02
Jul
By Barry Herman
On July 2, 2009, Chief ALJ Paul J. Luckern issued the public version of Order No. 37 (dated April 23, 2009) in Certain Video Games and Related Three-Dimensional Pointing Devices (337-TA-658).  In the Order, ALJ Luckern required Complainant Hillcrest Laboratories, Inc. (“Hillcrest”), Respondents Nintendo Co., Ltd. and Nintendo of America, Inc. (collectively “Nintendo”), and the Commission Investigative Staff (“Staff”) to answer questions and provide submissions “as an educational vehicle” in lieu of a tutorial on the subject matter of the investigation.

According to the Order, the ALJ required Hillcrest to answer 50 questions about the disclosure and claims of the patents-in-suit.  Specifically, the ALJ’s questions related to, among other things, the prosecution history of the patents-in-suit, an equation referenced in the patents-in-suit, the accuracy of statements in the specification of the patents-in-suit, the disputed claim terms and their interpretation, the evidence Hillcrest would offer at the evidentiary hearing in support of its positions, the understanding of a person of ordinary skill in the art with respect to certain issues, and various assertions made in Nintendo’s pre-hearing statement.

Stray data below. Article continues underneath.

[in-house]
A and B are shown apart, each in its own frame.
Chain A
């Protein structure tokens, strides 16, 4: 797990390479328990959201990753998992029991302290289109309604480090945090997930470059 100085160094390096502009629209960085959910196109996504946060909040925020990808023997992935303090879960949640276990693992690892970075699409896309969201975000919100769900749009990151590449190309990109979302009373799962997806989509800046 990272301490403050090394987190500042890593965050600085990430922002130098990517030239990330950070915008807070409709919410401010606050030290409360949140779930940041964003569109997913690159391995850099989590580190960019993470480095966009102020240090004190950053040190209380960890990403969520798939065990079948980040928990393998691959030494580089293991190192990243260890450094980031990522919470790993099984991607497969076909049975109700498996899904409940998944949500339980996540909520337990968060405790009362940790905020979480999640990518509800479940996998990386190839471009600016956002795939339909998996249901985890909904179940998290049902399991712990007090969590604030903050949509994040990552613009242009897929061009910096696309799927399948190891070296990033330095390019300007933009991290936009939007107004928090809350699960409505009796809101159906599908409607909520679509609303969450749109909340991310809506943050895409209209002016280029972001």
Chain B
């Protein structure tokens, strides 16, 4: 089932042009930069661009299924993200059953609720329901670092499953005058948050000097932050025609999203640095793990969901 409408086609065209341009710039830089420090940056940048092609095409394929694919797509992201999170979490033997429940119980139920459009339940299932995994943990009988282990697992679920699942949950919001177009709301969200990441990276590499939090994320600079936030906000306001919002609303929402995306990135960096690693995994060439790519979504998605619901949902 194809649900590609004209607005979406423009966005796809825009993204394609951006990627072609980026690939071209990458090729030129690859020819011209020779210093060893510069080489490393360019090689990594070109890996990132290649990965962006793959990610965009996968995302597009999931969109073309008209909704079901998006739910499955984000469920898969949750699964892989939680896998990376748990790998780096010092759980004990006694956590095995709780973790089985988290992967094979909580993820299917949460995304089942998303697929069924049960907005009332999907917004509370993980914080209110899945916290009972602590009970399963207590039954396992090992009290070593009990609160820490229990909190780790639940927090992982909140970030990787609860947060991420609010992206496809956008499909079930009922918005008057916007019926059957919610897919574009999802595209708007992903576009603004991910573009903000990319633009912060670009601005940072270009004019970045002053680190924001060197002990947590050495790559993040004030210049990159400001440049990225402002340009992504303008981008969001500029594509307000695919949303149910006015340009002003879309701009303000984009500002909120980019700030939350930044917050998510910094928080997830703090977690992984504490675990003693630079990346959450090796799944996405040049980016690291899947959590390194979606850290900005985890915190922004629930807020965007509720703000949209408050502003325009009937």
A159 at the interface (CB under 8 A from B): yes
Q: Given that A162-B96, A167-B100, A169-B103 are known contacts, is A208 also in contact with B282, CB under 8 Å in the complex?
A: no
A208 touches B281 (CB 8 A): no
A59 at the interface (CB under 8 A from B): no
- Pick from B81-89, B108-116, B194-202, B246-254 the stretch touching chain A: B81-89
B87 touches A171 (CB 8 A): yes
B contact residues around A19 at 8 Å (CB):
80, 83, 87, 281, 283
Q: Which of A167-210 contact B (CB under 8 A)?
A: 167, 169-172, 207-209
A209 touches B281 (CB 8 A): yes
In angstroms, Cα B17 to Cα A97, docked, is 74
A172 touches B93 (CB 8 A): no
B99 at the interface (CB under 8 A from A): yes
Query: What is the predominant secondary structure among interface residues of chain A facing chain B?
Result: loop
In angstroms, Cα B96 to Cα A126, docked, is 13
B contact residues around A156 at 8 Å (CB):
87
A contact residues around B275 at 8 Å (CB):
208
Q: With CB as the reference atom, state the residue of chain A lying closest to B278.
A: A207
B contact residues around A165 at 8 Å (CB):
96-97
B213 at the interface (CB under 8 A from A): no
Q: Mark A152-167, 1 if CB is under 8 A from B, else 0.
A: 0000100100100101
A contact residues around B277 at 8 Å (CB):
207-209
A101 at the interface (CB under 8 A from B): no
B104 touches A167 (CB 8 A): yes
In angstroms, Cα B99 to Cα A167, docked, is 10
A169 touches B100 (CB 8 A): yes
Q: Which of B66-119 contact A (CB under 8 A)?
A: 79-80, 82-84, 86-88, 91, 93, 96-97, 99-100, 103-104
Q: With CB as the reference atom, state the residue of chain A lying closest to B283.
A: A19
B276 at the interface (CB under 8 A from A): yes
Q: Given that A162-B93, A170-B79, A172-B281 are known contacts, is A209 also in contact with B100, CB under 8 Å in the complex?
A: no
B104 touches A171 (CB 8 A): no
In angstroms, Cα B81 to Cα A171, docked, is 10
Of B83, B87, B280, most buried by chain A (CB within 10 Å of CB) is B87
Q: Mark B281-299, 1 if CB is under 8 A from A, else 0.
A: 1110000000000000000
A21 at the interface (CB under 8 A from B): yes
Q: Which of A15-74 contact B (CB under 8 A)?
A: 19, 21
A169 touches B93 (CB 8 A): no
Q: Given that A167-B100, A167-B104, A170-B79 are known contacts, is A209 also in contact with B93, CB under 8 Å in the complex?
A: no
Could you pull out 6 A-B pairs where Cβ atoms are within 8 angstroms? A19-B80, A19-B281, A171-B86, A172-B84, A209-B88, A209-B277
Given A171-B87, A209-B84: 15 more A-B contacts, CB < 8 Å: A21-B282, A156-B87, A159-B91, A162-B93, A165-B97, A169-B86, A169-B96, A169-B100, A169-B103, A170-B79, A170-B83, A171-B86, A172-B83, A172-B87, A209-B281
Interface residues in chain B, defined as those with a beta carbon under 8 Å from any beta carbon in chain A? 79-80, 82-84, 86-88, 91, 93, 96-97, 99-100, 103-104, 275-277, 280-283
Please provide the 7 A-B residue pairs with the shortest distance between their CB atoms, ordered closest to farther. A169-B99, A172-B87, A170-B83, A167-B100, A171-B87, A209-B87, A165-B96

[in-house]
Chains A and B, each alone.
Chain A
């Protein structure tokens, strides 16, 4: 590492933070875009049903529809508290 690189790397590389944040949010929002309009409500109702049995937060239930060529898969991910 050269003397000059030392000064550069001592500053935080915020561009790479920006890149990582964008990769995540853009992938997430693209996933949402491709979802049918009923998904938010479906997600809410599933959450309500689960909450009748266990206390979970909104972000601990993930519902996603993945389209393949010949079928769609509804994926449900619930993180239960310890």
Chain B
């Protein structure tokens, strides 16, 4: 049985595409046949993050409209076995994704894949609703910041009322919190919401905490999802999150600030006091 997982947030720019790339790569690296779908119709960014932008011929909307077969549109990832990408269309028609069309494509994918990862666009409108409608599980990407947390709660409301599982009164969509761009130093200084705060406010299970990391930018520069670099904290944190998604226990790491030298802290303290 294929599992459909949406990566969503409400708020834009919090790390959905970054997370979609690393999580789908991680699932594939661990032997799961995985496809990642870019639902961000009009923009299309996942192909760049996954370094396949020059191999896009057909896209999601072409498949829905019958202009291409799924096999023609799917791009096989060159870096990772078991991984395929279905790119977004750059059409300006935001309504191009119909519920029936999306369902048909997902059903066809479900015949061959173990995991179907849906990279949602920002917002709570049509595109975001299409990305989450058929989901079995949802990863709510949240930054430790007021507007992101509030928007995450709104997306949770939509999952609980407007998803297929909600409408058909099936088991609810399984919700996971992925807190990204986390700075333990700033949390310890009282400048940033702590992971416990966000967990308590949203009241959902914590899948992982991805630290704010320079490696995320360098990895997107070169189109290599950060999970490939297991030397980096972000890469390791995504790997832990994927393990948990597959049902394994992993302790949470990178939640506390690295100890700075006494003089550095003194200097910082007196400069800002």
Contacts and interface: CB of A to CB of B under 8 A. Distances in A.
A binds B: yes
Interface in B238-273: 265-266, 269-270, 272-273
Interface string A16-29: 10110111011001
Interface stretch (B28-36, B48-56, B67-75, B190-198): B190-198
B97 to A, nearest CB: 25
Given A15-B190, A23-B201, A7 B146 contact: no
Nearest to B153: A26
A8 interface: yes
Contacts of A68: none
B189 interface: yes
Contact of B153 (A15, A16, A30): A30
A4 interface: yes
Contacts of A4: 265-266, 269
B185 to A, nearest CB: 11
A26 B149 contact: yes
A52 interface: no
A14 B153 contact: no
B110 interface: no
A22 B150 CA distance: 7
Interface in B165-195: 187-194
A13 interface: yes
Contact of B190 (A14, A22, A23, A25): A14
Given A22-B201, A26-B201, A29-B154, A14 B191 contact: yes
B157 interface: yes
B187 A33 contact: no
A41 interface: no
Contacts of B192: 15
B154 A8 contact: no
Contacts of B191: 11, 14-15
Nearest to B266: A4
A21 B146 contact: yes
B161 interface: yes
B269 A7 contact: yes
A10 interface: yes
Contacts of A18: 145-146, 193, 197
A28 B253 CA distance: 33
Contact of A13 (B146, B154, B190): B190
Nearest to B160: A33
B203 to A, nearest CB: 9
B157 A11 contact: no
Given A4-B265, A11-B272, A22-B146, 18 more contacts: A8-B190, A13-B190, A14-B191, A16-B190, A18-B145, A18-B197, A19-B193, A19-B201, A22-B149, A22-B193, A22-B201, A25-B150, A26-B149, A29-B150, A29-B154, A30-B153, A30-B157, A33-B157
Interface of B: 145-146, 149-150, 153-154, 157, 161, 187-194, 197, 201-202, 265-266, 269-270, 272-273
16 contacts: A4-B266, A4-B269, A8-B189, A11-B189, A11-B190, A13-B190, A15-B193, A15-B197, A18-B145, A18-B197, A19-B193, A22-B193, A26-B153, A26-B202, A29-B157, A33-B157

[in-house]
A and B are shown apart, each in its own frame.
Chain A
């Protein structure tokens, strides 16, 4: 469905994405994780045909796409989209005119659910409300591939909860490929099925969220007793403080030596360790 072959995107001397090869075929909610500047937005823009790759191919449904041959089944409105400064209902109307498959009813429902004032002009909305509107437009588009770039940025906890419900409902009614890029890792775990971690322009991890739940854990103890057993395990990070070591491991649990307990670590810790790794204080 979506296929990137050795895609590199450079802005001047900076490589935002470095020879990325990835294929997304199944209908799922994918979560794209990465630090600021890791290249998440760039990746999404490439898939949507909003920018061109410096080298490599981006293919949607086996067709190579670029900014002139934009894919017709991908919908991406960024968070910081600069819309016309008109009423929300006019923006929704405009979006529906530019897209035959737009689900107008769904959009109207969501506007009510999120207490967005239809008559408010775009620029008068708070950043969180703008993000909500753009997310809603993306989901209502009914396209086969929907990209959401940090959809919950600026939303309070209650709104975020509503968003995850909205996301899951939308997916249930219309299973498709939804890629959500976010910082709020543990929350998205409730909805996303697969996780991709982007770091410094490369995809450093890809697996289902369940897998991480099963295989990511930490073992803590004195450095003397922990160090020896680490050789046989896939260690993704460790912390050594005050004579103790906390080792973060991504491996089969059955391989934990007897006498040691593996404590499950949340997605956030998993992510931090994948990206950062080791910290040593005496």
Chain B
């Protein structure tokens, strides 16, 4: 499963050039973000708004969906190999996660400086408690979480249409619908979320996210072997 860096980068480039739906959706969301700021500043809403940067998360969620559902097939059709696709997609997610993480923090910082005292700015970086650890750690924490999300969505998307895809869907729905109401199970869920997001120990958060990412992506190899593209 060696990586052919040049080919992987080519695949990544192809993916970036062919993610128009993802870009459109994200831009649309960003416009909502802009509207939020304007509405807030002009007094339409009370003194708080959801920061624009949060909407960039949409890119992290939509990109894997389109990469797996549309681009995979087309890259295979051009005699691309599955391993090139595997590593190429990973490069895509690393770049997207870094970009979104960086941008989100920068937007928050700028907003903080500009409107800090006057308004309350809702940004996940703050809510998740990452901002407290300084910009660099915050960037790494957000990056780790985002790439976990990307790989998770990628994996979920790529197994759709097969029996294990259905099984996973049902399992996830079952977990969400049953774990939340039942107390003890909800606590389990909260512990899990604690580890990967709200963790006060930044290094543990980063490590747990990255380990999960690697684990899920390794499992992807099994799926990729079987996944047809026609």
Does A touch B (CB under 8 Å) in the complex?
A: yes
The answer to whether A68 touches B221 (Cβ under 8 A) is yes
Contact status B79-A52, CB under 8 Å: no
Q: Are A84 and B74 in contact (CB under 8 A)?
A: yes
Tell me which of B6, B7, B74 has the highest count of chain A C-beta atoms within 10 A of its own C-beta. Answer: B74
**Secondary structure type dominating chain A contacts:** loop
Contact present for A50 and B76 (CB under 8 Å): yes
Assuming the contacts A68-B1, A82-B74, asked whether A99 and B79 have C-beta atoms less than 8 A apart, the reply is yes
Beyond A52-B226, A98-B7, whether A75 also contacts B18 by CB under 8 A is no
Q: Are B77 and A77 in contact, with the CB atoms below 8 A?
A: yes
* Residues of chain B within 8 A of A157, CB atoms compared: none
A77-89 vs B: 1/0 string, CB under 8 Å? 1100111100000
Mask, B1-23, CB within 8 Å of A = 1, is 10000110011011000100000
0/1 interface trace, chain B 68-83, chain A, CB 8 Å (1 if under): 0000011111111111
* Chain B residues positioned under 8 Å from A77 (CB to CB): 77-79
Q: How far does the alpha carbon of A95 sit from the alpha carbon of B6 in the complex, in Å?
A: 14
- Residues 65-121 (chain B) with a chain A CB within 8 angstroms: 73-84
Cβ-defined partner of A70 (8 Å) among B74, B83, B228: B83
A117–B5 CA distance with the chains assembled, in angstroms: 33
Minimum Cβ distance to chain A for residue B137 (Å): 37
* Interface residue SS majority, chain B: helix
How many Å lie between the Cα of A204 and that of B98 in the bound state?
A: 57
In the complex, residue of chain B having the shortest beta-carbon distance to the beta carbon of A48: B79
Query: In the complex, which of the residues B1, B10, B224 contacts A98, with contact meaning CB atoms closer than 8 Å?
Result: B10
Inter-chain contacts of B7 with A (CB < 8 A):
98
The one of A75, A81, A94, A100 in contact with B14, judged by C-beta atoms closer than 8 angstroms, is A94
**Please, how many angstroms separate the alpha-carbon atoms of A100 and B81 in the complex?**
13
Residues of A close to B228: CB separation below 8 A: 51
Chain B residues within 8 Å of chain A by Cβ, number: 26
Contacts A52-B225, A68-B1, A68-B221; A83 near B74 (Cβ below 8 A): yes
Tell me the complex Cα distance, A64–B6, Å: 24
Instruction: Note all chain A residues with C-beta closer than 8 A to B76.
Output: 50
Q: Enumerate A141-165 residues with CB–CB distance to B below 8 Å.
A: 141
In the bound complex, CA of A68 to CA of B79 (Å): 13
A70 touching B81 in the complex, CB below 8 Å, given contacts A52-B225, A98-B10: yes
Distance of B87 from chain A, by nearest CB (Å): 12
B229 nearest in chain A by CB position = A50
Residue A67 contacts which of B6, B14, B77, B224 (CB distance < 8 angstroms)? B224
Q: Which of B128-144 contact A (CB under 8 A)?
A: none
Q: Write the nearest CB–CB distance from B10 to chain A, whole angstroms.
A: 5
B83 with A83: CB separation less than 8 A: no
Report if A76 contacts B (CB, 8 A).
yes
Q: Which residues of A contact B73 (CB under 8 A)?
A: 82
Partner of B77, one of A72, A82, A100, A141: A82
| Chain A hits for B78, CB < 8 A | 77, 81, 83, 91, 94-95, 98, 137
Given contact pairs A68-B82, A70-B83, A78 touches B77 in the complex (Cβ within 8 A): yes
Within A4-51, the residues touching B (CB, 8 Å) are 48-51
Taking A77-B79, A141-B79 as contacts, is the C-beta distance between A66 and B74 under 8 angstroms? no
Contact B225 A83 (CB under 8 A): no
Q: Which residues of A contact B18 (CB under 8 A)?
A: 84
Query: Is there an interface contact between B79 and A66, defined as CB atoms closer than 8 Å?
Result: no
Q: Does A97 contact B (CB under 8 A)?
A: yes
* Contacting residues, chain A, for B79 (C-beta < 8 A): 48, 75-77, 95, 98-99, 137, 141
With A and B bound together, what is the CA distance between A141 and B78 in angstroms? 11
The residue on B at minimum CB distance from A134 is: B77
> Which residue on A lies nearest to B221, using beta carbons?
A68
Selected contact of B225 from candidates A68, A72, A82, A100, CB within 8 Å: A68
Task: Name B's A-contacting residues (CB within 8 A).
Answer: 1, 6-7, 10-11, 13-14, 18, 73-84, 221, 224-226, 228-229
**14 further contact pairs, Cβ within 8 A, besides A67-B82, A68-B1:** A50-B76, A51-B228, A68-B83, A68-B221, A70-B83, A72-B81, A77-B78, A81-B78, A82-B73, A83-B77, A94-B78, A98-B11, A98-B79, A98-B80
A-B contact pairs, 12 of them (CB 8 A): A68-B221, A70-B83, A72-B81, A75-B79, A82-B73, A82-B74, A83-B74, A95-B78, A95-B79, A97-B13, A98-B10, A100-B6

The ALJ required Nintendo to answer 29 questions, 12 of which were also posed to Hillcrest, as mentioned above.  The remaining questions to Nintendo likewise related to, among other things, various assertions made in Hillcrest’s pre-hearing statement, prior art, claim construction, the evidence Nintendo would offer at the evidentiary hearing in support of its positions, the understanding of a person of ordinary skill in the art with respect to certain issues, Nintendo’s inequitable conduct defense and assertions of errors associated with payments of small entity fees during prosecution of the patents-in-suit, and Nintendo’s reliance on KSR v. Teleflex.

The ALJ also required Hillcrest and Nintendo to respond to each other’s answers, required the Staff to respond to both parties’ answers and responses, and required Hillcrest and Nintendo to further respond to each other’s responses, as well as the Staff’s responses.

Finally, the ALJ ordered Hillcrest and Nintendo to meet and confer and, after consultation with the Staff, submit a joint stipulation on the technology at issue in the investigation.
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